7th Grade Civics EOC Review

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Terms in this set (194)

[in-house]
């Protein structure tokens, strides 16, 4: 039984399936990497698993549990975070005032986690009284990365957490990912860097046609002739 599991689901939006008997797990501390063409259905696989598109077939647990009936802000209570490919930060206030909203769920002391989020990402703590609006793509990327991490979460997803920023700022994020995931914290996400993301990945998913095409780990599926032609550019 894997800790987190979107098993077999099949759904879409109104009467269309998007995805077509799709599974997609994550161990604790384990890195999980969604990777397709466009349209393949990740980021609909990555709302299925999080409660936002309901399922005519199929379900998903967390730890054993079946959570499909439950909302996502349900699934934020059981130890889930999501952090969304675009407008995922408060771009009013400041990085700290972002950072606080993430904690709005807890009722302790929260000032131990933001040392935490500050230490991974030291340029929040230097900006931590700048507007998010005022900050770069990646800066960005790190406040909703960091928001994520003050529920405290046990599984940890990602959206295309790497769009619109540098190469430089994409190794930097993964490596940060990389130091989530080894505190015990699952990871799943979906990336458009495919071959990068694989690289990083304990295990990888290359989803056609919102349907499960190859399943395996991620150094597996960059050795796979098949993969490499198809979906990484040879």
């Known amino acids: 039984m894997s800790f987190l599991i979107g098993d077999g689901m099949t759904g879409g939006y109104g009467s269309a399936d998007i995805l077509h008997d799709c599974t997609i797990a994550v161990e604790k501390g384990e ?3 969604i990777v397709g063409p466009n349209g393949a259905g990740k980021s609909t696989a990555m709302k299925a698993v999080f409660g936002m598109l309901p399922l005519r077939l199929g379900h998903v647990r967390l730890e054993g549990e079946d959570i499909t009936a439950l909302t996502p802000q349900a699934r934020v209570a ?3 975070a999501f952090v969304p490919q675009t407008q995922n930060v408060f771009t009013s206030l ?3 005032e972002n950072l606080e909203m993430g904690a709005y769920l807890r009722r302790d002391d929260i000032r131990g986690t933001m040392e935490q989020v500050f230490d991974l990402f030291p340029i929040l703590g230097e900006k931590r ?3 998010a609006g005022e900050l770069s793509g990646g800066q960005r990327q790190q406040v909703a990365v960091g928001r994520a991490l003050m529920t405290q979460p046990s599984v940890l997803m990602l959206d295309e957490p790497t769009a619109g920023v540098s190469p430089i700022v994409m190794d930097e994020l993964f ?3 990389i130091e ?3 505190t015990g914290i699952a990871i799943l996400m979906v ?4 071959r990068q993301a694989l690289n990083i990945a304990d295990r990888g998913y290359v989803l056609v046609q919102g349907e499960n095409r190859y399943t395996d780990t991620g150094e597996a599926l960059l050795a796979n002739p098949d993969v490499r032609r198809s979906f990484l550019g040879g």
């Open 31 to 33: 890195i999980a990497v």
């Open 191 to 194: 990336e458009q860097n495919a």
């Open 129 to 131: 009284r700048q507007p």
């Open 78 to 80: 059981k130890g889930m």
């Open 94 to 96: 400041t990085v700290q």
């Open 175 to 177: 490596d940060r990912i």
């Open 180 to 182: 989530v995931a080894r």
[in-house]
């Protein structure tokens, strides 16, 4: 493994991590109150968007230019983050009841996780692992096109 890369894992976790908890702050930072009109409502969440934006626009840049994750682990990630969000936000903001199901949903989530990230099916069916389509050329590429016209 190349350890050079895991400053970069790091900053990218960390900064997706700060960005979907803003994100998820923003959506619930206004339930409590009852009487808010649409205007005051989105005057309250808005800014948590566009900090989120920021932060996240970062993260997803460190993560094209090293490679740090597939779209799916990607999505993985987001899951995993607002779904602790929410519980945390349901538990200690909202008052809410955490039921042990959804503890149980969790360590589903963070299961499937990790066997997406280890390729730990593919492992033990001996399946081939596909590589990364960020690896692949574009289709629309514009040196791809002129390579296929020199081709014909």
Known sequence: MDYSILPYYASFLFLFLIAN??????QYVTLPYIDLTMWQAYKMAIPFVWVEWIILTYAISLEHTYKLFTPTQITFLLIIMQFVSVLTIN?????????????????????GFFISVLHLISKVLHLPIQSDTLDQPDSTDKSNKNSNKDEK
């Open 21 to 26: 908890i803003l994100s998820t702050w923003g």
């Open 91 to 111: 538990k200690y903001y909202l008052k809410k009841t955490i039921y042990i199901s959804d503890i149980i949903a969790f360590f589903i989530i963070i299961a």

TyrannyCruel and oppressive government or rule.Shay's Rebellion (1787)Protests by Massachusetts farmers over tax collections and judgments for debt. State militia crushed the rebels. Alarmed politicians - cited as a reason to revise or replace the Articles of Confederation.Articles of ConfederationFirst form of government for America. Many Weaknesses: Only had a Congress where 9 out of the 13 states had to agree. No executive or judicial branch (power to enforce or interpret laws). States had the majority of the power. Country in debt - no way to raise money.Preamble to the ConstitutionIntroduction to the U.S. Constitution, establishing the goals and purposes of government. "We the People" = government depends on the people for its power and exists to serve them. Sets up the six goals of government.Constitutional GovernmentAny government whose authority and construction are defined by a constitution.Separation of PowersPowers of government are divided among three branches of government: Legislative, Executive, and Judicial. Limits the power of government. Montesquieu (French philosopher) believed this was a way to ensure liberty.Checks and BalancesEach governmental branch has powers to limit (check) the other branches. Keeps the balance of power relatively equal between the branches. Montesquieu (French philosopher) believed this was a way to ensure liberty.FederalistsSupporters of the Constitution who believe a strong national government is needed to keep the country united. Published the Federalist Papers to gain support for the Constitution.Anti- FederalistsFeared a strong federal government as created by the Constitution. Did not believe it would protect states' rights nor people's freedom. As the Constitution is ratified, they push for a "Bill of Rights" to protect individual liberties.Bill of RightsFirst 10 amendments to the U.S. Constitution - details the specific freedoms that belong to each American citizen.Rule of LawNo one is above the law. Foundation of liberty in the United States and it protects us from tyranny; Constitution = limited government.Civil LawGroup of laws that refer to disputes among people or organizations.Criminal LawGroup of laws that define what acts/activities are crimes. Describes how a person accused of a crime should be tried in court and how crimes should be punished.Constitutional LawBased on the Constitution and on Supreme Court decisions interpreting the ConstitutionStatutory LawLaws that are passed by a law-making body (such as Congress). Most criminal and many civil laws are also these types of laws.Military LawGoverns the behavior of men and women in all branches of the U.S. armed forces.Common LawType of law that develops from judges previous decisions and is followed in situations not covered by statutory law. Sometimes, also called case law.Juvenile LawAn area of the law that deals with the actions and well-being of persons who are not yet adults.CitizenshipAs defined by the 14th Amendment: all who are born or naturalized in the United States are citizens of the United States and of the state they reside in.NaturalizationLegal process through which immigrants become U.S. citizens. Must be at least 18 years old, have a background check showing "good moral character", be fingerprinted, and pass tests on civics, U.S. history, and English Must take Oath of Allegiance to the United States.Law of BloodIdea that a person's nationality at birth is the same as that of his natural parents. For example, if a child's parents are American citizens travelling through France when they give birth to that child, the child is American.Law of SoilIdea that the country of citizenship of a child is determined by its country of birth. For example, in most cases if a child was born on U.S. land, but his parents are not U.S. citizens, the child is still a U.S. citizen.Civic ResponsibilitySomething that you should do as a citizen. This can include participating in the democratic process (voting), recycling, volunteering, or helping other citizens.Civic DutyA civic duty is something that each citizen owes their nation, whether it's serving on a jury, abiding the law, registering for selective service, or paying taxes.Selective ServiceA system for calling up people for compulsory (required) military service.First AmendmentProtects five freedoms: religion, speech, press, assembly, and petition.Second AmendmentProtects the right to bear arms.Third AmendmentNo soldiers will be quartered (housed) without the consent of the owners during times of peace. Also protects home-owners during times of war (unless required by law).Fourth AmendmentProtects against unreasonable search and seizures without a warrant or probable cause.Fifth Amendment1. Before being tried for a serious crime a grand jury must indict (formally accuse) the person of the crime. 2. Protects against being tried for the same criminal offense twice. 3. Protects against self-incrimination. 4. Cannot be deprived of rights without due process of the law. 5. Allows for eminent domain.Sixth AmendmentRight to a prompt and public trial decided by a jury. A person must be informed of the charges against them. Can hear and question all witnesses, and have their own witnesses. Right to legal counsel (attorney). (Supreme Court interpreted this to mean the government will provide one if you cannot afford it).Seventh AmendmentIn cases involving money or property over $20, the right to a trial by jury is preserved.Eighth AmendmentProtects against excessive bail and fines. Protects against cruel and unusual punishments.Ninth AmendmentThere are rights reserved to the people that are not listed in the Constitution. Refers to the natural rights of people. Also called unenumerated rights - those not spelled out in the Constitution.Tenth AmendmentPowers that are not reserved to the federal government nor prohibited to the states belong to the states or the people. Limits the power of the federal government.SuffrageThe right of voting.Double JeopardyThe act of putting a person through a second trial for an offense for which he or she has already been prosecuted or convicted. Prohibited by the Fifth Amendment.Due ProcessThe government has to follow rules and established procedures in everything it does. This protection helps to ensure justice. Contained in the Fifth Amendment.Eminent DomainGovernment power to take private property for public use without the owner's consent. The Fifth Amendment requires the payment of just compensation to the owner."Pleading the Fifth"A person's refusal to answer a question on the ground that the answer might incriminate the person. The right to this refusal is protected by the Fifth Amendment.Appellate ProcessThe process to have a higher court review the result of a trial court or lower court. The Supreme Court is mainly an Appeals CourtEx Post FactoLatin for "after the fact." Laws adopted after an act is committed making it illegal although it was legal when done, or increases the penalty for a crime after it is committed. Such laws are specifically prohibited by the U.S. Constitution.Habeas CorpusCourt order that requires the government to bring a prisoner to court and explain why he or she is being held.Independent JudiciaryA justice system that is not influenced by either the legislative or executive branch. Free to make decisions based upon law, not upon men or pressure from other groups. Created to guarantee equal justice to all.PrecedentA previous case or legal decision that may be or must be followed in future similar cases.Summary JudgmentA procedural device used during civil cases to promptly dispose of a case without a trial. It is used when there is no dispute as to the material facts of the case and a party is entitled to judgment. The purpose of summary judgment is to avoid unnecessary trials.Civil DisobedienceRefusal to obey governmental demands or commands especially as a nonviolent and usually collective (group) way of forcing the government to do or change somethingEconomic FreedomThe freedoms to choose how to produce, sell, and use your own resources, while respecting others' rights to do the same.InternmentThe imprisonment or confinement of people, commonly in large groups, without trial.Property RightsAuthority to determine how a resource is used, whether that resource is owned by government or by individuals.Civil Rights Act of 1964Prohibits discrimination (on the basis of race, religion, gender, or national origin) in public accommodations, facilities, and schools. Prohibits discrimination in federally funded projects.Civil Rights Act of 1968This act provided for equal housing opportunities regardless of race, religion, gender, or national origin. Also known as the Fair Housing Act.13th AmendmentOutlaws slavery in all states and all lands governed by the United States.14th AmendmentGranted full citizenship to African Americans. States, again, citizens cannot be deprived of rights without due process of the law. Guarantees equal protection under the law.15th AmendmentStates that no one can be denied suffrage (right to vote) based on race or color.19th AmendmentProhibits any United States citizen from being denied the right to vote on the basis of gender.24th AmendmentBans the use of poll taxes as a requirement for voting in national elections. Supreme Court interpretation later expands this to cover state elections as well.26th AmendmentLowered the voting age in all elections to 18.Equal Rights AmendmentA proposed amendment to the United States Constitution designed to guarantee equal rights for women. Originally proposed in 1923. The amendment has been reintroduced in every session of Congress since 1982.States' RightsPolitical powers reserved for the state governments and not the federal government.Voting Rights Act of 1965Designed to enforce the voting rights guaranteed by Fifteenth Amendment to the United States Constitution. Prohibits discrimination in voting. It is considered one of the most effective pieces of civil rights legislation ever enacted in the U.S.Marbury v. MadisonEstablishes the Supreme Court's power of judicial review (deciding whether laws passed by Congress are constitutional).Plessy v. Ferguson"Separate, but equal" was constitutional. Upholds state laws requiring segregation.Brown v. Board of EducationSegregation in the public schools is unconstitutional. Reverses the Court's earlier position on segregation set by Plessy v. Ferguson.Gideon v. WainwrightEstablished free legal help for those who cannot otherwise afford representation in court.Miranda v. ArizonaRuled that a person's Fifth Amendment rights begin at the time of arrest. The name "Miranda Rights" come from this case.Tinker v. Des MoinesEstablishes the extent of public school students' constitutional rights while at school. Specifically about black armbands worn to school to protest the war in Vietnam.Hazelwood v. KuhlmeierEstablishes that the 1st Amendment does not require schools to promote particular types of student speech (specifically about a school newspaper). The paper was sponsored by the school and the school was within its rights to prevent publication of articles it found inappropriate.United States v. NixonCourt ruling forced President Nixon to turn over secret tapes of White House conversations. Due process of law more important than "executive privilege" which is the right to withhold information from other government branches.In re GaultLandmark U.S. Supreme Court decision that held that juveniles accused of crimes in a delinquency proceeding must be afforded many of the same due process rights as adults.Bush v. GoreAfter issues with voters' ballots in Florida, the FL Supreme Court issued a recount. The US Supreme Court ruled that this was unconstitutional, since in essence the FL Supreme Court was creating a new election law (something they cannot do). The recount was stopped and George Bush declared the winner in Florida, and the nation.Heller v. D.C.Court held that the Second Amendment protects an individual right to possess a firearm unconnected with service in a militia, and to use that firearm for traditionally lawful purposes, such as self- defense within the home.Juvenile RightsMinors in juvenile court delinquency proceedings do not have the same constitutional rights as those given to adults in regular criminal court cases. In re Gault strengthened some of their rights; such as, the right to knowSegregationThe enforced separation of different racial groups.Communist PartyPolitical party in the United States, which supports communism - the economic and political system in which the government owns the means of production and decides what will be produced.Libertarian PartyPolitical party in the United States that believes each individual has the right to control his or her own body, action, speech, and property. Government's only role is to help individuals defend themselves from force and fraud.Socialist PartyPolitical Party in the United States which supports socialism - working people own and control the means of production and distribution through democratically- controlled public agencies, cooperatives, or other collective groups.Tea PartyThe Tea Party is a political movement that largely began in 2009 with protests that were sponsored both locally and nationally. In general the movement is considered conservative, favoring decreased taxes & decreased spending by the government. The focus is on fiscal conservatism. So far the Tea Party has endorsed Republican candidates.Democratic PartyOne of the two major political parties in the United States. Considered to be more liberal, the party supports a stronger role for the federal government in providing social programs.Republican PartyOne of the two major political parties in the United States. Considered to be more conservative, the party supports reducing the power of the federal government in providing social programs.Two-Party SystemU.S. only has two main political parties, but hundreds of smaller parties. Smaller parties, usually, do not have a significant impact on national politics, but have, at times, swayed the vote enough to help one of the major candidates to win.Constitutional Requirements for the House of RepresentativesCandidates must: • be at least 25 years old. • have been a citizen of the U.S. for at least 7 years. • be a legal resident of the state you represent.Constitutional Requirements for the SenateCandidates must: • be at least 30 years old. • have been a citizen of the U.S. for at least 9 years. • be a legal resident of the state you represent.Constitutional Requirements for the PresidentCandidates must: • be at least 35 years old. • be a native born U.S. citizen. • be a resident of the United States for at least 14 years.Special Interest GroupsOrganizations of people with common interests who try to influence government policies and decisions.LobbyistA person paid to represent an interest group's viewpoint.LobbyingSeeking to influence a politician or public official on an issue.Political Action CommitteeThe part of a special interest group that collects voluntary contributions from members to fund political candidates and political parties that the interest group favors.WatchdogA group of people who act as protectors of other citizens against illegal, inefficient and unethical practices in government. They closely monitor how things are done by politicians and draw attention to anything that is not done properly.BiasAn attitude that always favors one way of feeling or acting over any other. Not always obvious.SymbolismThe use of symbols to represent ideas or qualities. Used often in political campaigns to sway voters.PropagandaIdeas used to influence people's thinking or behavior. Used often in political campaigns to sway voters.Domestic PolicyAn area of public policy which concerns laws, government programs, and administrative decisions which are directly related to all issues and activity within a nation's borders.Foreign PolicyA country's plan for dealing with other countries of the world.United States State DepartmentExecutive department responsible for international relations of the United States. Created in 1789. It was the first executive department established.AllianceAssociation formed for mutual benefit between countries.AmbassadorsHighest-ranking officials representing a government in a foreign country.DiplomacyThe art of dealing with foreign governments.DiplomatA person appointed by a country to conduct diplomacy with another country or international organization. An ambassador would be the highest-ranking.DoctrineA statement of government policy especially in international relations.Foreign AffairsActivities of a nation in its relationships with other nations; international relations.Domestic AffairsIssues relating to your own country.Secretary of StateOfficial of the federal government heading the U.S. Department of State, principally concerned with foreign affairs.EmbassyThe residence or office of an ambassador in a foreign country.TreatyA formally concluded and ratified agreement between countries.Non-Governmental Organization (NGO)Private organizations that pursue activities to relieve suffering, promote the interests of the poor, protect the environment, provide basic social services, or undertake community development.International Non-Governmental Organization (INGO)Has the same mission as a non-governmental organization (NGO), but it is international in scope and has outposts around the world to deal with specific issues in many countries.North American Free Trade Agreement (NAFTA)Designed to remove tariff barriers between the United States, Canada, and Mexico over a fifteen year time span. Most comprehensive regional trade agreement ever negotiated by the United States.North Atlantic Treaty Organization (NATO)Security alliance to safeguard the freedom and security of its members through political and military means.International Red Cross/Red CrescentOrganization that acts before, during and after disasters and health emergencies to meet the needs and improve the lives of vulnerable people around the world.United NationsOrganization that promotes peaceful coexistence and worldwide cooperation. Currently has 192 permanent member countries.United Nations Children's FundA United Nations program that provides long-term humanitarian and developmental assistance to children and mothers in developing countries.World Court (International Court of Justice)Judicial branch of the UN. Its main functions are to settle legal disputes between member countries.World Trade Organization (WTO)International trade agreement - its main function is to ensure that trade flows as smoothly, predictably and freely as possible. 159 countries are members.Bay of PigsUnsuccessful military invasion of Cuba in 1961 by U.S. sponsored troops. The invasion was a major embarrassment for U.S. foreign policy.Cuban Missile Crisis13 day confrontation over the Soviet Union building missile bases in Cuba. The United States decided on a military blockade - they would not permit offensive weapons to be delivered to Cuba. U.S. and Soviet Union (with UN's help) came to an agreement to avoid nuclear war.Iran Hostage CrisisA diplomatic crisis between Iran and the United States when 52 Americans were held hostage for 444 days (November 4, 1979, to January 20, 1981), after a group of Iranian students took over the US Embassy in Tehran.Korean WarIn 1950, North Korea invaded South Korea. The U.S. and 15 other members of the UN helped defend South Korea. In 1953, the conflict reached a stalemate. Tensions still remain high between the two countries.Vietnam WarControversial war to stop the spread of communism in SE Asia. The U.S. sent economic and military aid to help the non-communist southern half. By 1975, the Communist government controlled all of Vietnam.Gulf Wars I and IIThe First Persian Gulf War, Jan.-Feb., 1991, was an armed conflict between Iraq and a coalition of 39 nations including the United States. It was a result of Iraq's invasion of Kuwait on Aug. 2, 1990. The Second Persian Gulf War, also known as the Iraq War, Mar.-Apr., 2003, was a largely U.S.-British invasion of Iraq. It started in part because the Iraqi government failed to cooperate fully with UN weapons inspections in the years following the first conflict.World War IU.S. initially tried to remain neutral, but German submarines attacked U.S. merchant ships making this impossible. The U.S. entered the war as an "associated power", rather than a formal ally of France and the United Kingdom, in order to avoid "foreign entanglements".World War IIU.S. takes a neutral position until the Japanese attack at Pearl Harbor in Hawaii. End of the war led to the formation of the United Nations. United States is finished trying to isolate (isolationism) itself from the rest of the world.Direct DemocracyType of government in which the power to govern lies directly in the hands of the people rather than being exercised through their representatives.Representative DemocracyType of government in which the people elect representatives to carry on the work of the government for them. The United States is one. Also called a republic.OligarchyType of government in which all power belongs to a small group of people.SocialismEconomic system where working people own and control the means of production and distribution through democratically-controlled public agencies, cooperatives, or other collective groups. There are many varieties.CommunismThe economic and political system in which the government owns the means of production and decides what will be produced.MonarchyType of government having a ruler who inherits the position, may rule for life, and holds powers varying from very limited to total.AutocracyType of government where one person has unlimited power. North Korea is an example.Absolute MonarchyType of government in which the monarch has absolute power among his people.RepublicType of government in which the people elect representatives to carry on the work of the government for them. The United States is one. Also called a representative democracy.Parliamentary System of GovernmentA system of democratic government in which the executive branch is held accountable to the legislature (parliament). The executive and legislative branches are interconnected.Federal System of GovernmentA system of government that divides the powers of government between the national (federal) government and state and local governments. The United States is a federal government.Confederal System of GovernmentA system of government where the states have the power and the national government is weak. Think: Articles of ConfederationUnitary System of GovernmentA system of government where power is almost entirely centralized in a national government. Power is allowed to local governments only for the sake of convenience (such as garbage collection times or issuing parking tickets). Many countries (but not the U.S.) have this system of government.GovernorThe chief executive of a state government.PresidentThe chief executive of a nation.Prime MinisterThe most senior minister of cabinet in the executive branch of government in a parliamentary system. Example: The UK has a Prime Minister.Legislative BranchBranch of the government, created by Article I in the Constitution, that makes the laws. Is bicameral with the House of Representatives and Senate. Delegated powers include: collecting taxes, borrowing money, coining money, punishing counterfeiters, regulating trade, granting copyrights and patents, making immigration law, forming the federal court system, punishing piracy, declaring war, funding and regulating armed forces, forming and arming militias, establishing the postal service, and creating Washington D.C., and to make all laws which shall be necessary and proper.House of RepresentativesOne part of the Legislative Branch. Has 435 elected members -number of representatives for each state depends on that state's population. Any appropriations (spending money) bill must start in this chamber.SenateOne part of the Legislative Branch. Has 100 elected members with each state having two senators. Has special powers: all impeachment trials held in the Senate, all treaties must be approved with a 2/3 vote, and all appointed high officials (like Supreme Court justices) must be approved with a majority vote.Executive BranchBranch of the government, created by Article II in the Constitution, in charge with enforcing the laws. The President is Commander in Chief of the armed forces, and also has the power to make treaties. Yet, only Congress can declare war, and the Senate must approve any treaty with a 2/3 vote.Judicial BranchBranch of the government, created by Article III in the Constitution, in charge of handling disagreements over the law. Is made up of the Supreme Court, Lower Courts, and Special Courts.Supreme CourtThe Supreme Court is the nation's highest court with 9 justices appointed by a President and approved by a majority of the Senate. Justices serve for life or until they resign (can also be impeached). Usually determine constitutionality of laws.Concurrent PowersPowers that are shared by a state and federal government. Examples include raising and collecting taxes, making and enforcing laws, creating state and local court systems, and borrowing and spending money.Delegated PowersPowers that are clearly spelled out in the Constitution for the federal government. Examples include conducting foreign policy, printing money, maintaining a post office, and defending the country.ImpeachmentFormal process in which an official is accused of unlawful activity. At the federal level, charges must be presented in the House of Representatives and then the trial is in the Senate. Does not necessarily mean removal from office.Implied PowersPowers that Congress has exercised under the "necessary and proper" clause (also called the elastic clause): "To make all Laws which shall be necessary and proper for carrying into Execution the foregoing Powers..." Example: establishing national military academies.Enumerated PowersPowers granted to Congress by Article I, Section 8 of the U.S. Constitution. These include: coining money, regulating trade, making immigration law, declaring war, and funding & regulating armed forces.Reserved PowersPowers granted to the states. These include marriage laws, driving laws, traffic regulations, maintaining education systems, conducting elections. Protected by the 10th AmendmentSupremacy ClauseThe U.S. Constitution is the supreme law of the land. No one can violate the U.S. Constitution. Federal law supersedes state law when there is a conflict.Amendment Process2 ways to propose a new amendment: 2/3 vote in both houses of Congress; 2/3 of states can ask Congress for a national convention to propose a new amendment 2 ways to ratify a new amendment: 3/4 of state legislatures; 3/4 of special state conventions approve it Takes a long time and it is not easy to gain approval and ratify a new amendment.CaucusA meeting of supporters or members of a specific political party or movement.How a Bill Becomes a LawAppropriations bills must start in the House. Others can start in either chamber. Must be introduced, goes to committee, gets out of committee to get voted on, and goes to the other chamber to go through a similar process there. Then sent to the president to sign or veto. If vetoed, Congress can override with a 2/3 vote in both houses (unless it is a pocket veto).Appointment ConfirmationThe U.S. Constitution gives the president the power to appoint officials like Cabinet secretaries, Supreme Court justices and ambassadors with the "advice and consent of the Senate" To protect the interests of the American people, the Senate holds confirmation hearings to examine candidates for presidential appointment. Presidential appointments must be approved by a majority of the Senate.Congressional Committee SelectionCongress divides its legislative, oversight, and administrative tasks among approx. 200 committees and subcommittees. The list of members of each committee is officially approved by a full vote of its chamber. However, those decisions are actually made by the party leadership. Considerations in making the assignments include each member's areas of expertise, the interests of their constituents, and seniority. Political favors also often come into play in committee assignments.Executive OrderOrders from the President usually to his own officials. Do not require approval from Congress but they must find support in the Constitution, either in a clause granting the President specific power, or by a delegation of power by Congress to the President. Have significant influence over the internal affairs of government, deciding how and to what degree laws will be enforced, dealing with emergencies, and waging war.VetoA president's constitutional right to reject a decision or proposal made by Congress. President can also decide not to sign a bill without an official approval/rejection and one of two things can happen after 10 days: 1. Congress is in session, the bill becomes a law. 2. Congress is not in session, the bill dies (called a pocket veto).Judicial ReviewThe power of the courts to review the actions of the executive and legislative branches - can strike down laws that are deemed unconstitutional. Became an established power of the judicial branch with the Supreme Court case Marbury v. Madison (1803).Court OrderAn order issued by a court of law requiring a person to do something or to refrain from doing something.Writ of CertiorariOrder asking for judicial review. A minimum of four of the nine Justices on the Supreme Court is required to grant a writ of certiorari, referred to as the "rule of four". The court denies the vast majority of petitions and thus leaves the decision of the lower court to stand without review; it takes roughly 80 to 150 cases each term.OrdinanceA law or regulation made by a city or town government.StatuteA law enacted by the legislative branch (federal or state) of a government.ACTAnother name for a law. It can either be a public law, relating to the general public, or a private law, relating to specific institutions or individuals.CabinetComposed of the most senior appointed officers of the executive branch of the United States, who are usually the heads of the federal executive departments. All Cabinet members are nominated by the president and then presented to the Senate for confirmation or rejection by a simple majority.Chief JusticeHighest judicial officer. One of the Supreme Court justices (whether federal or state).Standing CommitteePermanent committees identified by chamber rules that exist in either the House of Representatives or Senate. Considers bills and issues as well as monitors agencies, programs, and activities that fall under its authority.Conference CommitteeA conference committee is a committee of the Congress appointed by the House of Representatives and Senate to resolve disagreements on a particular bill.Special CommitteeEstablished by a separate resolution of a chamber, sometimes to conduct investigations and studies, and, on other occasions, also to consider measures. Can be temporary or permanent.Majority LeaderThe chief spokesperson for the majority party in a legislative body.Minority LeaderThe floor leader of the second largest group in a legislative body.PardonThe action of forgiving an error or offense. Power of the executive branch at the federal and state level.President Pro TemporeThe second-highest-ranking official of the United States Senate since the Constitution states that the Vice President of the U.S. is the President of the Senate. Since 1890, the most senior senator in the majority party has generally been chosen to fill this position. During the Vice President's absence, they are empowered to preside over Senate sessions.Speaker of the HouseThe presiding officer of the House of Representatives. The House elects the position on the first day of every new Congress (every other year) and in the event of the death or resignation of an incumbent Speaker.School BoardA group of people who are in charge of local schools. Usually members are elected; although in some areas they are appointed by other governmental officials.Appellate CourtAny court of law that is empowered to hear an appeal of a trial court or other lower court. Commonly called an appeals court or court of appeals.Federal Court SystemSupreme Court Court of Appeals District Court or from the lowest court to highest courtFL's State Court SystemState Supreme Court District Court of Appeals Circuit Courts County Courts or from the lowest court to highest courtAppealApply to a higher court for a reversal of the decision of a lower court.Trial CourtsA court that is authorized to hear any type of civil or criminal case. Examples: U.S. District Courts, Circuit Courts, County CourtsJurisdictionThe official power to make legal decisions and judgments; authority.Constitution of the State of FloridaThe document that establishes and describes the duties, powers, structure, and function of the government of Florida, and establishes the basic law of the state.Amending FL's Constitution5 ways to propose a new amendment in Florida: ¾ vote in both houses of the state legislature, constitutional revision committee (meets every 20 years), taxation and budget commission (meets every 20 years), majority of voters calling a Constitutional Convention, or by voter initiative to have it placed on the ballot. All amendments must be approved by 60% of the voters.Florida Declaration of RightsFirst section of the Florida Constitution. Is similar to the U.S. Bill of Rights but, like most state bills of rights, is broader than the federal version.